Salvadoran President Nayib Bukele said May 26 he uses hydroxychloroquine, the anti-malarial drug touted by U.S. President Donald Trump as a potential cure of CCP (Chinese Communist Party) virus, commonly known as novel coronavirus.
Some health experts in the United States have questioned its efficacy and have warned of potential side-effects, while a study by researchers in India have reported that the drug has been effective in preventing infections of the CCP virus.
“I use it as a prophylaxis. President Trump uses it as a prophylaxis. Most of the world’s leaders use it as a prophylaxis,” said Bukele during a press conference with U.S. Ambassador to El Salvador Ronald Johnson to announce a U.S. donation of 250 ventilators to the Central-American country.
“Sometimes what’s recommended to the people is something different than what’s recommended to the leaders, because I have been recommended to use hydroxychloroquine as a prophylaxis and the probability of this harming you is very low,” Bukele said as he displayed a bottle.
Bukele, 38, did not say how much he was taking or if the drug was prescribed by a doctor.
The World Health Organization temporarily halted studying hydroxychloroquine as a potential COVID-19 treatment on Monday due to safety concerns. The decision came after a publication in the medical journal The Lancet on Friday suggested that seriously ill COVID-19 patients who were treated with hydroxychloroquine and chloroquine were more likely to die.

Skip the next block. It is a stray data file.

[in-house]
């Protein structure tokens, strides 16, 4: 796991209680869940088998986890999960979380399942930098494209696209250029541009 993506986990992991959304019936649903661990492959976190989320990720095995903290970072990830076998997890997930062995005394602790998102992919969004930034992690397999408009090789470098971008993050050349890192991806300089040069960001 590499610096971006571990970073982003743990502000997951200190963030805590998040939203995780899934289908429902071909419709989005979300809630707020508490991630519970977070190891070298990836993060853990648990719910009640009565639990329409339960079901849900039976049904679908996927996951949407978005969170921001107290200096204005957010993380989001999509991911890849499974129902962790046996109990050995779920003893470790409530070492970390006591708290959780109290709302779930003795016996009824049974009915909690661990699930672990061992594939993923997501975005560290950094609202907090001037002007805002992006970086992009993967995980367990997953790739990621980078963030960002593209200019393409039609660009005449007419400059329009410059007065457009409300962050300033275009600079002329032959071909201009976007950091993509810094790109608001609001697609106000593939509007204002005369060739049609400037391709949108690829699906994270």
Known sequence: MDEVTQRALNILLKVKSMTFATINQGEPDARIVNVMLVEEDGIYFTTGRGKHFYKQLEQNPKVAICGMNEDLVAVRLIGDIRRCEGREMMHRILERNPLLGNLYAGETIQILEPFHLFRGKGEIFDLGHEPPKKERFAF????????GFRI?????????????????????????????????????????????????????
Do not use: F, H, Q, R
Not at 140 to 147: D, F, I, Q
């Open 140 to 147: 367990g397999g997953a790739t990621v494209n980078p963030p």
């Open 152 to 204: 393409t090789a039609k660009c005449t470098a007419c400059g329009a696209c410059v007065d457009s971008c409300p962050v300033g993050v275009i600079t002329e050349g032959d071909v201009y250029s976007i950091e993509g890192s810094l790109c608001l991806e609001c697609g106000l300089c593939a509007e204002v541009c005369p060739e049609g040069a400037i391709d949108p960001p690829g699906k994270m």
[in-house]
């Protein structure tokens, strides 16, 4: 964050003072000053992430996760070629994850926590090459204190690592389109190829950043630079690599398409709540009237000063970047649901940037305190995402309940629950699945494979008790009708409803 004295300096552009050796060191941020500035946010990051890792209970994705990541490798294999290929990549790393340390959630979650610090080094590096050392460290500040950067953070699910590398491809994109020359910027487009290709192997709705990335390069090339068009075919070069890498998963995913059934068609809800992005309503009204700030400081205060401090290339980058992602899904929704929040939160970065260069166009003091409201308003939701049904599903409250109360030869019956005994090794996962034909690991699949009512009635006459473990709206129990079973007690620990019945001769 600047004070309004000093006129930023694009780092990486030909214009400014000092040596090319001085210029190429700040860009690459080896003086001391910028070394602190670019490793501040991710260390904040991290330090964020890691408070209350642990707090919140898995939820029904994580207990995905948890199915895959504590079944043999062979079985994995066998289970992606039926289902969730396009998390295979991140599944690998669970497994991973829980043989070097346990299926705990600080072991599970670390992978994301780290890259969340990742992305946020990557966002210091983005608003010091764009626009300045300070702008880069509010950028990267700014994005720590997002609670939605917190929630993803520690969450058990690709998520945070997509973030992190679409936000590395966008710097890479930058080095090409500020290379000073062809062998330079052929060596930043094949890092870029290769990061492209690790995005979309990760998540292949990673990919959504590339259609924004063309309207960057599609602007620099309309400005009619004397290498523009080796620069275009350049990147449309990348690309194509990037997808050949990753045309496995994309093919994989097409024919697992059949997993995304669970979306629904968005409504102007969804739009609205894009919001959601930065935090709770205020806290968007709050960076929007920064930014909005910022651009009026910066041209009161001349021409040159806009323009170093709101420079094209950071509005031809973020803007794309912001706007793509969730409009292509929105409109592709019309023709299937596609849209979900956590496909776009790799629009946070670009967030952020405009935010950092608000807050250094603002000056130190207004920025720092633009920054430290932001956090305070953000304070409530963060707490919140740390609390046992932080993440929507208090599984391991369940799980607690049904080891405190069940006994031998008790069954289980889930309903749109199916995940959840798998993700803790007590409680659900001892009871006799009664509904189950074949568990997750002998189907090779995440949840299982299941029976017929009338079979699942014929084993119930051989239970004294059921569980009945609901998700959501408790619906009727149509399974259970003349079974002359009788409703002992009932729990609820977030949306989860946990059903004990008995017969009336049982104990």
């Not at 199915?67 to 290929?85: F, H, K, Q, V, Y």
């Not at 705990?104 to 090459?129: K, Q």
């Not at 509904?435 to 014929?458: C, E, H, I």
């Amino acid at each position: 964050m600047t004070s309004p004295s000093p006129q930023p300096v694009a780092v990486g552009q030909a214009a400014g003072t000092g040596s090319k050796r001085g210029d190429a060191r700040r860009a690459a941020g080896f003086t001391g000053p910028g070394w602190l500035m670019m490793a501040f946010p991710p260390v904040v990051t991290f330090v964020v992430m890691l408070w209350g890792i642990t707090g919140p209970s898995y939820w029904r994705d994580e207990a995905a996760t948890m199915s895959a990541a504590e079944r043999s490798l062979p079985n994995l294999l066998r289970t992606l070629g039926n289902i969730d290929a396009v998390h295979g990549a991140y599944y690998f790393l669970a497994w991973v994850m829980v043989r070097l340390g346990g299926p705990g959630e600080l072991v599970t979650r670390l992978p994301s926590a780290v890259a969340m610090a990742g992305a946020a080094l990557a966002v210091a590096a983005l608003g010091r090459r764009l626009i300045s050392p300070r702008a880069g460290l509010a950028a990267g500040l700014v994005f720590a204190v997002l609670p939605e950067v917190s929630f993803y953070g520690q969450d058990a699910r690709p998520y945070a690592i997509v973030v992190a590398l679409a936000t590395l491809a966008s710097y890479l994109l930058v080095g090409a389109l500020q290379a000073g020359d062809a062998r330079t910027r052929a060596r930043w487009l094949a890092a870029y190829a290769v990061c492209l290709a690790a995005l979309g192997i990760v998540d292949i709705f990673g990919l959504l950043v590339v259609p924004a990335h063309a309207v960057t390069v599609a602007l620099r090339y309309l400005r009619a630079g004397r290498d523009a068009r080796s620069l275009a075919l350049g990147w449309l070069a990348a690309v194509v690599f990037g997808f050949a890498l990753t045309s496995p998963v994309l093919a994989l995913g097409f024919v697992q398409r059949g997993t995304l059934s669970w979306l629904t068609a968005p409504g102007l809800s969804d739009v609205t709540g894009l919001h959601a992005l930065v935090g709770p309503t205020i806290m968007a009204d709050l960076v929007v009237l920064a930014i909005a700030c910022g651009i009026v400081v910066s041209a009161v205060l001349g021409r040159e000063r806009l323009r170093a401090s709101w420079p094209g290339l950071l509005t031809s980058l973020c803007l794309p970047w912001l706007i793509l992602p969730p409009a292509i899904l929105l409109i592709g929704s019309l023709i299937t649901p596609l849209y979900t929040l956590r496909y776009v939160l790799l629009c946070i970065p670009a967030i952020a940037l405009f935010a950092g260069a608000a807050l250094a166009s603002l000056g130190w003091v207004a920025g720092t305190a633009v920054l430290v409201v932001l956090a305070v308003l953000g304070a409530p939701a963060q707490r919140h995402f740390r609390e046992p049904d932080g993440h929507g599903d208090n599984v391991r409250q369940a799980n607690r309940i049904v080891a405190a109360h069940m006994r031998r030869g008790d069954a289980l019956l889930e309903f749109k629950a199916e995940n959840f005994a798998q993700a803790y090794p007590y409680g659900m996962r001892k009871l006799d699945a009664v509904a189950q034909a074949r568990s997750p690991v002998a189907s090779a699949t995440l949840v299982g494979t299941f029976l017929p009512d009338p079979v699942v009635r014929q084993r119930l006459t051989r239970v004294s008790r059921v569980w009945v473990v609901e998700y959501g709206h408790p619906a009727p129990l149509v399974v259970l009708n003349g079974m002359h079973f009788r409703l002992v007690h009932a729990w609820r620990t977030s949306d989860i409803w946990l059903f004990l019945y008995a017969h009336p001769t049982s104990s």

Following recommendations from the WHO, Bukele said the drug was no longer part of El Salvador’s CCP virus treatment protocol, but that it would remain available for “those who wish to use it as prophylaxis” or by a doctor’s prescription.
El Salvador has 2,109 confirmed cases of the virus and 37 deaths, according to the latest data from John Hopkins University.
Bukele, who took office in June, took the dramatic step in March of closing his country’s border even before El Salvador reported a single case of CCP virus, arguing that the small Central American nation had to get ahead of the outbreak. An overwhelming majority of Salvadorans approved of Bukele’s decision.
But after he ordered the police and army to arrest people violating the measures—such as only one person per household being permitted to leave the residence to purchase basic necessities—human rights advocates argued that he had ignored the country’s constitution. The Supreme Court ruled that the government does not have the authority to detain citizens indefinitely.
Thousands were quarantine for more than a month in government-rented hotels, convention centers, and gymnasiums, including those returning from overseas.
He has more recently sparred with the Supreme Court and National Assembly about how soon El Salvador will reopen.
The CNN Wire, The Associated Press, and Epoch Times staff contributed to this report.